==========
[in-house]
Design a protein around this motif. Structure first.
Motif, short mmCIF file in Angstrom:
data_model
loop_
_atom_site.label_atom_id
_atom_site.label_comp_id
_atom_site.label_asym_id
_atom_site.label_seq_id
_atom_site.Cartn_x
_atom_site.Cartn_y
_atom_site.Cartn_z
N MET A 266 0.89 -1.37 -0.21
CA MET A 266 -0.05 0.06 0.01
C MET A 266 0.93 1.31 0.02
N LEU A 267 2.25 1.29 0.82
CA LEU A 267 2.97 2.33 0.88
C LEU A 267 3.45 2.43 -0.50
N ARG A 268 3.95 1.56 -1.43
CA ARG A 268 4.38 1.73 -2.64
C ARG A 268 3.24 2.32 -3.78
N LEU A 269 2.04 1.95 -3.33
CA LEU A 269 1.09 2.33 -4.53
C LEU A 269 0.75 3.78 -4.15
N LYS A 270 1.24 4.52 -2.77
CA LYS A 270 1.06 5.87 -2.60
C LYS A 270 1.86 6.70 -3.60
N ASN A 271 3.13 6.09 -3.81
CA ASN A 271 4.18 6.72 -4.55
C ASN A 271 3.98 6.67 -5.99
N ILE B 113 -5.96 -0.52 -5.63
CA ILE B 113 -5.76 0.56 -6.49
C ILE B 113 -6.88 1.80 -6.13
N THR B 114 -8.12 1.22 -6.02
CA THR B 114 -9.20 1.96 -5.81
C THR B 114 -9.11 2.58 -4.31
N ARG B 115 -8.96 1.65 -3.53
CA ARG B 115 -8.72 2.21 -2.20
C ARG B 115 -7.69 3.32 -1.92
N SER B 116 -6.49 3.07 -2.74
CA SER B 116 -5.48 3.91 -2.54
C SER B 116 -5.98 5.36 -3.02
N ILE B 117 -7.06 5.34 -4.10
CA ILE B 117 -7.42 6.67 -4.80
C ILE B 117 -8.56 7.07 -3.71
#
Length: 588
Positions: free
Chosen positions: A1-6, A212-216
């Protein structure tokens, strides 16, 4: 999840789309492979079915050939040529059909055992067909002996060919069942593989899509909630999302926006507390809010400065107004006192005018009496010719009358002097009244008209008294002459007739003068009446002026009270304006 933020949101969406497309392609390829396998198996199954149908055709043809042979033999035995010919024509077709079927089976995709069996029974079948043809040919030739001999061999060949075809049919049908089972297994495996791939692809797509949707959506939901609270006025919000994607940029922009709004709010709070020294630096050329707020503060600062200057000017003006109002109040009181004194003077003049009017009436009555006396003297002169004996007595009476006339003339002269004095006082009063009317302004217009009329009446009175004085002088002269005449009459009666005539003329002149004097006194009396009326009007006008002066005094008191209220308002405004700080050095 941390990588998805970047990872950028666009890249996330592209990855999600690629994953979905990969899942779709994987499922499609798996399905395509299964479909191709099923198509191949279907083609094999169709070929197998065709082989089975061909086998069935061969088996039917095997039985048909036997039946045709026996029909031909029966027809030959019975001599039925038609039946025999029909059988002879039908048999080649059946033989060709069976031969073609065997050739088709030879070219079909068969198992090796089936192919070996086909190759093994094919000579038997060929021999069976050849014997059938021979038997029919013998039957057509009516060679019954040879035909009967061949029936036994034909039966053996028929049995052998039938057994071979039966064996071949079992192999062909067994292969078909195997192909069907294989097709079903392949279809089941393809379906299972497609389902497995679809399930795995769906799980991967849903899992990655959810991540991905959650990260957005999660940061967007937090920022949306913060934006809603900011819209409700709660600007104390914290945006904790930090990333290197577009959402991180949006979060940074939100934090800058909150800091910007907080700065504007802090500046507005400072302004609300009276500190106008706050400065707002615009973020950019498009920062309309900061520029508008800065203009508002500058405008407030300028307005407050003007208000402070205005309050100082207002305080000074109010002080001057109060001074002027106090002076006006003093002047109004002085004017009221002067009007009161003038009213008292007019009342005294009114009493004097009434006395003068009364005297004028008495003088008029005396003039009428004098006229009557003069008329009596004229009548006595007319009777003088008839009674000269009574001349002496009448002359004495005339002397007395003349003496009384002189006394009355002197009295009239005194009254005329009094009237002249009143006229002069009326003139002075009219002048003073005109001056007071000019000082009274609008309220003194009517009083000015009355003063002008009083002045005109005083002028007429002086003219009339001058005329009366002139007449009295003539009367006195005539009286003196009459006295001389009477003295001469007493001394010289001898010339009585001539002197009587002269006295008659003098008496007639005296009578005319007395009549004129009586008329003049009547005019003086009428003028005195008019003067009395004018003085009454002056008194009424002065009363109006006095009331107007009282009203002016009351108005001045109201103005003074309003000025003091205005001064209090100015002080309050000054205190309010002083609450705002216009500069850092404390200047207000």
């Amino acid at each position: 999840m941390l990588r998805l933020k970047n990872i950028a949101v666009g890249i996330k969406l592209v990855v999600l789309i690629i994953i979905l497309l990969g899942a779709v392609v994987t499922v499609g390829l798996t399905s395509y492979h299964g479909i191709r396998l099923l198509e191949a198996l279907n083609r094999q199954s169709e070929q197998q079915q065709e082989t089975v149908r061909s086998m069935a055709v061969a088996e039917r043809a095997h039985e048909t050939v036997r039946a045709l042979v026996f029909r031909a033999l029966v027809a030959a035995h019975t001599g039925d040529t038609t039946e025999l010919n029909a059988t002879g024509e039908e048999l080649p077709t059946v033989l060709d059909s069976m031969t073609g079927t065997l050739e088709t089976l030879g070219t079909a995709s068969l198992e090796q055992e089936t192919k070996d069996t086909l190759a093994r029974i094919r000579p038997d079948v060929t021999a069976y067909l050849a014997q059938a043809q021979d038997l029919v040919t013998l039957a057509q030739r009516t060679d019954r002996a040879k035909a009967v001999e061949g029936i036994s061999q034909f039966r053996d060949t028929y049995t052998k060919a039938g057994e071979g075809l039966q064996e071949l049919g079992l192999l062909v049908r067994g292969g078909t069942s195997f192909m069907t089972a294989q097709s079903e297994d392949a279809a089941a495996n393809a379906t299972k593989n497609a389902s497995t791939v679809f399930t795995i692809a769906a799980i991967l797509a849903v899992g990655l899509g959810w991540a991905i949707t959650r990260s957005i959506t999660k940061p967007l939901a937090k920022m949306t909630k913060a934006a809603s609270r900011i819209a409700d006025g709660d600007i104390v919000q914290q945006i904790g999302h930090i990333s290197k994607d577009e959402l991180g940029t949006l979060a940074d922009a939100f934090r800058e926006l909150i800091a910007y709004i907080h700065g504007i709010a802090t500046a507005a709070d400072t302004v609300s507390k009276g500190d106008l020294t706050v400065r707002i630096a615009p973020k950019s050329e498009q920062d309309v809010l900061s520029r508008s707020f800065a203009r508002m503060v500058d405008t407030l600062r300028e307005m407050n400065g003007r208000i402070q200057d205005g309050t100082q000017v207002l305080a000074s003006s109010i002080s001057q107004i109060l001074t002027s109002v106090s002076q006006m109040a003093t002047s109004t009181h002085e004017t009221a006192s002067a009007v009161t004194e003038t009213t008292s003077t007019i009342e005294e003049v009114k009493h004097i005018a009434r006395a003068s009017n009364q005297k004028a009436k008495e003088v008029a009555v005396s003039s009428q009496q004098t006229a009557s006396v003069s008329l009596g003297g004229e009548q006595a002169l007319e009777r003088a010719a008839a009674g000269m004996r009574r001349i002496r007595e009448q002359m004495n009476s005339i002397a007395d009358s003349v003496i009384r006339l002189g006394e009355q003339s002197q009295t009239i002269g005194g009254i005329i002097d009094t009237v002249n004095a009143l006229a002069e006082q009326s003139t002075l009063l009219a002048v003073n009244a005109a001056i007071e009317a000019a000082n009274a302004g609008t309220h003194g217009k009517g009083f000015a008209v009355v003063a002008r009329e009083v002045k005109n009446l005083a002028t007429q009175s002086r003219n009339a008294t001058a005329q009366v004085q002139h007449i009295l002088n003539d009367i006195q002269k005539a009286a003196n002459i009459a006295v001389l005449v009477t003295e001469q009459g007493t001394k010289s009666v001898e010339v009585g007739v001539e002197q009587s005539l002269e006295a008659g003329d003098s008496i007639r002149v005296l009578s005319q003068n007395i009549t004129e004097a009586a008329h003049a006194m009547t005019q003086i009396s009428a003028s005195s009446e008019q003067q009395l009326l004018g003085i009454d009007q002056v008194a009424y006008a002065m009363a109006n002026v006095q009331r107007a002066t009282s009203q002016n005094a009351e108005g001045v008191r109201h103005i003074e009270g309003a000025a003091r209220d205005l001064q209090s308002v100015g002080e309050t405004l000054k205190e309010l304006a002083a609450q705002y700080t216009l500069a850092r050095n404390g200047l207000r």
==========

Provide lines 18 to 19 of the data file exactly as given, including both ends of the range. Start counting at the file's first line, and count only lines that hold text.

C LEU A 267 3.45 2.43 -0.50
N ARG A 268 3.95 1.56 -1.43